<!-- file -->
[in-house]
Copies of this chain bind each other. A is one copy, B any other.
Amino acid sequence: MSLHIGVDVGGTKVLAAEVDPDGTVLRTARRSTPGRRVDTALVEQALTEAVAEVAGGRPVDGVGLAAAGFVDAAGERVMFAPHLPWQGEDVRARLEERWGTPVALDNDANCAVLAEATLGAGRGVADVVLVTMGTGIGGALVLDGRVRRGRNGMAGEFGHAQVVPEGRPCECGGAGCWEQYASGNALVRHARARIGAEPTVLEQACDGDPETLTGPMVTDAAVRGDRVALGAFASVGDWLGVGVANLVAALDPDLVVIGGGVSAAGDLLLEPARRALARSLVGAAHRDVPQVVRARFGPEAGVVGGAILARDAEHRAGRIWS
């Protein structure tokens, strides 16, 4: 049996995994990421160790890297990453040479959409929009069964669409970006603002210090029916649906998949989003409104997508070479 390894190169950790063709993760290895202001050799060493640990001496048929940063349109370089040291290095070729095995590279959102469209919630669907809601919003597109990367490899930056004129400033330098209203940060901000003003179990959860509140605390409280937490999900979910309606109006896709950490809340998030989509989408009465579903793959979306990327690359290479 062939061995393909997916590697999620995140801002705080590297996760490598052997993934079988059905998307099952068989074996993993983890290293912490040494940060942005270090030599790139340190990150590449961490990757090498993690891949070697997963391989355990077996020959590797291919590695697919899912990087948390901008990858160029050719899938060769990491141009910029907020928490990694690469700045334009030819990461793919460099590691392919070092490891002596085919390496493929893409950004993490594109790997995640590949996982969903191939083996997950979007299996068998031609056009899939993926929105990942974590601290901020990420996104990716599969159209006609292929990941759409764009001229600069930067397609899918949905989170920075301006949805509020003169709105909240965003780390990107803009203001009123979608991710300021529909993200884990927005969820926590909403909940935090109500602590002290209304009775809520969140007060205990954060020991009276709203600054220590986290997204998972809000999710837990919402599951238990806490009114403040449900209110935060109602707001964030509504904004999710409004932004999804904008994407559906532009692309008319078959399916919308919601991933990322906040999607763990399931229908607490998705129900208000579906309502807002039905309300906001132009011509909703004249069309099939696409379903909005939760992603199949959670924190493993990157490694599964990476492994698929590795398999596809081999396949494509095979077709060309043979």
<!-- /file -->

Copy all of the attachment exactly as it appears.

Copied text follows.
[in-house]
Copies of this chain bind each other. A is one copy, B any other.
Amino acid sequence: MSLHIGVDVGGTKVLAAEVDPDGTVLRTARRSTPGRRVDTALVEQALTEAVAEVAGGRPVDGVGLAAAGFVDAAGERVMFAPHLPWQGEDVRARLEERWGTPVALDNDANCAVLAEATLGAGRGVADVVLVTMGTGIGGALVLDGRVRRGRNGMAGEFGHAQVVPEGRPCECGGAGCWEQYASGNALVRHARARIGAEPTVLEQACDGDPETLTGPMVTDAAVRGDRVALGAFASVGDWLGVGVANLVAALDPDLVVIGGGVSAAGDLLLEPARRALARSLVGAAHRDVPQVVRARFGPEAGVVGGAILARDAEHRAGRIWS
């Protein structure tokens, strides 16, 4: 049996995994990421160790890297990453040479959409929009069964669409970006603002210090029916649906998949989003409104997508070479 390894190169950790063709993760290895202001050799060493640990001496048929940063349109370089040291290095070729095995590279959102469209919630669907809601919003597109990367490899930056004129400033330098209203940060901000003003179990959860509140605390409280937490999900979910309606109006896709950490809340998030989509989408009465579903793959979306990327690359290479 062939061995393909997916590697999620995140801002705080590297996760490598052997993934079988059905998307099952068989074996993993983890290293912490040494940060942005270090030599790139340190990150590449961490990757090498993690891949070697997963391989355990077996020959590797291919590695697919899912990087948390901008990858160029050719899938060769990491141009910029907020928490990694690469700045334009030819990461793919460099590691392919070092490891002596085919390496493929893409950004993490594109790997995640590949996982969903191939083996997950979007299996068998031609056009899939993926929105990942974590601290901020990420996104990716599969159209006609292929990941759409764009001229600069930067397609899918949905989170920075301006949805509020003169709105909240965003780390990107803009203001009123979608991710300021529909993200884990927005969820926590909403909940935090109500602590002290209304009775809520969140007060205990954060020991009276709203600054220590986290997204998972809000999710837990919402599951238990806490009114403040449900209110935060109602707001964030509504904004999710409004932004999804904008994407559906532009692309008319078959399916919308919601991933990322906040999607763990399931229908607490998705129900208000579906309502807002039905309300906001132009011509909703004249069309099939696409379903909005939760992603199949959670924190493993990157490694599964990476492994698929590795398999596809081999396949494509095979077709060309043979």